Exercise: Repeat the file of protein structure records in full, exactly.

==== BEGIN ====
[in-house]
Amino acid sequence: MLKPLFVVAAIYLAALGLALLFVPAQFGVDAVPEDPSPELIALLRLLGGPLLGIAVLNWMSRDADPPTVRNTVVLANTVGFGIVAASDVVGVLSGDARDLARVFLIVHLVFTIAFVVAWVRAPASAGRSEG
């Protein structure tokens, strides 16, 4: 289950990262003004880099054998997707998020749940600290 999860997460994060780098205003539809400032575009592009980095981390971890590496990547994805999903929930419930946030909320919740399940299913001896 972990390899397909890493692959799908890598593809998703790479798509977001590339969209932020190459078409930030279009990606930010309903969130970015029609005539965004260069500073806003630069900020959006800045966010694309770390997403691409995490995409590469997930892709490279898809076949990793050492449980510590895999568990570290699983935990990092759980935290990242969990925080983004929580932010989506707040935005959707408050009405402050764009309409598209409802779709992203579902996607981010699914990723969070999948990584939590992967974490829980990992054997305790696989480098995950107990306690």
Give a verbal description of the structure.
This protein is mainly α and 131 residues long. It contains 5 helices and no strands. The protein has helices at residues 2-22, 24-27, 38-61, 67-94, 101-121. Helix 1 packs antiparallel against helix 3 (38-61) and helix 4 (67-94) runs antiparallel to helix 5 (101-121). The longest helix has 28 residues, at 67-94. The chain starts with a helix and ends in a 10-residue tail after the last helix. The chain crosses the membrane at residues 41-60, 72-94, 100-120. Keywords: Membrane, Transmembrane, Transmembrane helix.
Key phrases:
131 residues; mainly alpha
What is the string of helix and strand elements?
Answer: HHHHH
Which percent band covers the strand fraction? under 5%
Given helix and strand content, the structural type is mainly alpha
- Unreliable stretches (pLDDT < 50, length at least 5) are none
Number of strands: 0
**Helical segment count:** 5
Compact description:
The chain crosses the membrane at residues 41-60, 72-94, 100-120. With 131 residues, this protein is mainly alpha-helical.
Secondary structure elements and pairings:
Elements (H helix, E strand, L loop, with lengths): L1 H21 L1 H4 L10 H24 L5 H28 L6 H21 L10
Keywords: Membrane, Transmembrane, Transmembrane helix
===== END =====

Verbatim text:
[in-house]
Amino acid sequence: MLKPLFVVAAIYLAALGLALLFVPAQFGVDAVPEDPSPELIALLRLLGGPLLGIAVLNWMSRDADPPTVRNTVVLANTVGFGIVAASDVVGVLSGDARDLARVFLIVHLVFTIAFVVAWVRAPASAGRSEG
């Protein structure tokens, strides 16, 4: 289950990262003004880099054998997707998020749940600290 999860997460994060780098205003539809400032575009592009980095981390971890590496990547994805999903929930419930946030909320919740399940299913001896 972990390899397909890493692959799908890598593809998703790479798509977001590339969209932020190459078409930030279009990606930010309903969130970015029609005539965004260069500073806003630069900020959006800045966010694309770390997403691409995490995409590469997930892709490279898809076949990793050492449980510590895999568990570290699983935990990092759980935290990242969990925080983004929580932010989506707040935005959707408050009405402050764009309409598209409802779709992203579902996607981010699914990723969070999948990584939590992967974490829980990992054997305790696989480098995950107990306690």
Give a verbal description of the structure.
This protein is mainly α and 131 residues long. It contains 5 helices and no strands. The protein has helices at residues 2-22, 24-27, 38-61, 67-94, 101-121. Helix 1 packs antiparallel against helix 3 (38-61) and helix 4 (67-94) runs antiparallel to helix 5 (101-121). The longest helix has 28 residues, at 67-94. The chain starts with a helix and ends in a 10-residue tail after the last helix. The chain crosses the membrane at residues 41-60, 72-94, 100-120. Keywords: Membrane, Transmembrane, Transmembrane helix.
Key phrases:
131 residues; mainly alpha
What is the string of helix and strand elements?
Answer: HHHHH
Which percent band covers the strand fraction? under 5%
Given helix and strand content, the structural type is mainly alpha
- Unreliable stretches (pLDDT < 50, length at least 5) are none
Number of strands: 0
**Helical segment count:** 5
Compact description:
The chain crosses the membrane at residues 41-60, 72-94, 100-120. With 131 residues, this protein is mainly alpha-helical.
Secondary structure elements and pairings:
Elements (H helix, E strand, L loop, with lengths): L1 H21 L1 H4 L10 H24 L5 H28 L6 H21 L10
Keywords: Membrane, Transmembrane, Transmembrane helix